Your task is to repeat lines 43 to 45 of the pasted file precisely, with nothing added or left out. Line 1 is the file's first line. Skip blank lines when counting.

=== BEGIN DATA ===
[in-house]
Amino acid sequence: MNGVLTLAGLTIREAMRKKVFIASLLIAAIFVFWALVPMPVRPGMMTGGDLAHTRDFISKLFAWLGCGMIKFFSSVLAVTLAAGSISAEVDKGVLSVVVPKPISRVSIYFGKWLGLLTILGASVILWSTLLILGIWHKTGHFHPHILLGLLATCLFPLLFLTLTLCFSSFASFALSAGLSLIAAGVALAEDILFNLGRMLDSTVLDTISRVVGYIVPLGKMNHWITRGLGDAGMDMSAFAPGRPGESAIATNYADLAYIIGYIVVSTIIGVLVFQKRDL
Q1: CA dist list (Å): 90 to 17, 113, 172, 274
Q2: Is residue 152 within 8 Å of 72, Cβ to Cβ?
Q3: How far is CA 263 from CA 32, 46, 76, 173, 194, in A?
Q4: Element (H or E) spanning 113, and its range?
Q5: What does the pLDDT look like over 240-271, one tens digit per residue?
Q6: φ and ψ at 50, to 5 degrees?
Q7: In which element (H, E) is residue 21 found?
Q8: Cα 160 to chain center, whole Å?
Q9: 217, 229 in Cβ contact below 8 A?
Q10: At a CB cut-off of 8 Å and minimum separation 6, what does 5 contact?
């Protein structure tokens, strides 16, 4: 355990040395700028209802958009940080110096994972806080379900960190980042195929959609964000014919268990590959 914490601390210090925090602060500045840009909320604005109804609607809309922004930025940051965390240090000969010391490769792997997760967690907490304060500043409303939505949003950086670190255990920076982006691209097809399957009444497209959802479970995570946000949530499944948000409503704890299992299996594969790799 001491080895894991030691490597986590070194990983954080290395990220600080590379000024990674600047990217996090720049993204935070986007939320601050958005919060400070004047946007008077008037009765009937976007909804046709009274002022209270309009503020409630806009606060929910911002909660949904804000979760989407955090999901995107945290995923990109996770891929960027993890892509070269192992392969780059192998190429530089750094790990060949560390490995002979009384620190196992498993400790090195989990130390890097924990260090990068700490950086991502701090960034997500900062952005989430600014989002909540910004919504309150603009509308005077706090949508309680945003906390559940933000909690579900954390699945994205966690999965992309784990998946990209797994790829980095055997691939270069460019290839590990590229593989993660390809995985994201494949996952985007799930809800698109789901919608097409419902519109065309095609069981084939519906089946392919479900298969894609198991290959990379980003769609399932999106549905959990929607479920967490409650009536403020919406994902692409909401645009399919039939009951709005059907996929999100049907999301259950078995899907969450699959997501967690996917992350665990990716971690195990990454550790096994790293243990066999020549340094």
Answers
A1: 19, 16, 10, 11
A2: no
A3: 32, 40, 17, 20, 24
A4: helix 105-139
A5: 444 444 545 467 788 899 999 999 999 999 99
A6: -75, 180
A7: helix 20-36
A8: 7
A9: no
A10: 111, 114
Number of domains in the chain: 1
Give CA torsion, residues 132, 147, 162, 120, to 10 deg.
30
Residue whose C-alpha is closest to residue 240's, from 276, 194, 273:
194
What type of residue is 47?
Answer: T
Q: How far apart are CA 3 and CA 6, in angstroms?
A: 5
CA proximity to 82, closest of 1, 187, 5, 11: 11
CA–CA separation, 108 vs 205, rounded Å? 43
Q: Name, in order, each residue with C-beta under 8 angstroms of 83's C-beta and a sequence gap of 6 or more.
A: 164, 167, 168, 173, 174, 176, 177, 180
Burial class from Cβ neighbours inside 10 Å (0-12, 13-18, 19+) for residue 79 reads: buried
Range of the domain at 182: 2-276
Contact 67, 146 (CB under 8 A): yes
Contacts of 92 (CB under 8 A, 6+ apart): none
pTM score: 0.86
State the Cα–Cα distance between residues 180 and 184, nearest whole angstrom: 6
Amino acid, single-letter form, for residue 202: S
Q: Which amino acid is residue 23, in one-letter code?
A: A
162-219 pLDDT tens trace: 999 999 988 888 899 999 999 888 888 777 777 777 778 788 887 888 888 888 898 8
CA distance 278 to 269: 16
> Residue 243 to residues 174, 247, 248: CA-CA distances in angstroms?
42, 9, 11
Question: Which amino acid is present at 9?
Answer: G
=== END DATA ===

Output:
State the Cα–Cα distance between residues 180 and 184, nearest whole angstrom: 6
Amino acid, single-letter form, for residue 202: S
Q: Which amino acid is residue 23, in one-letter code?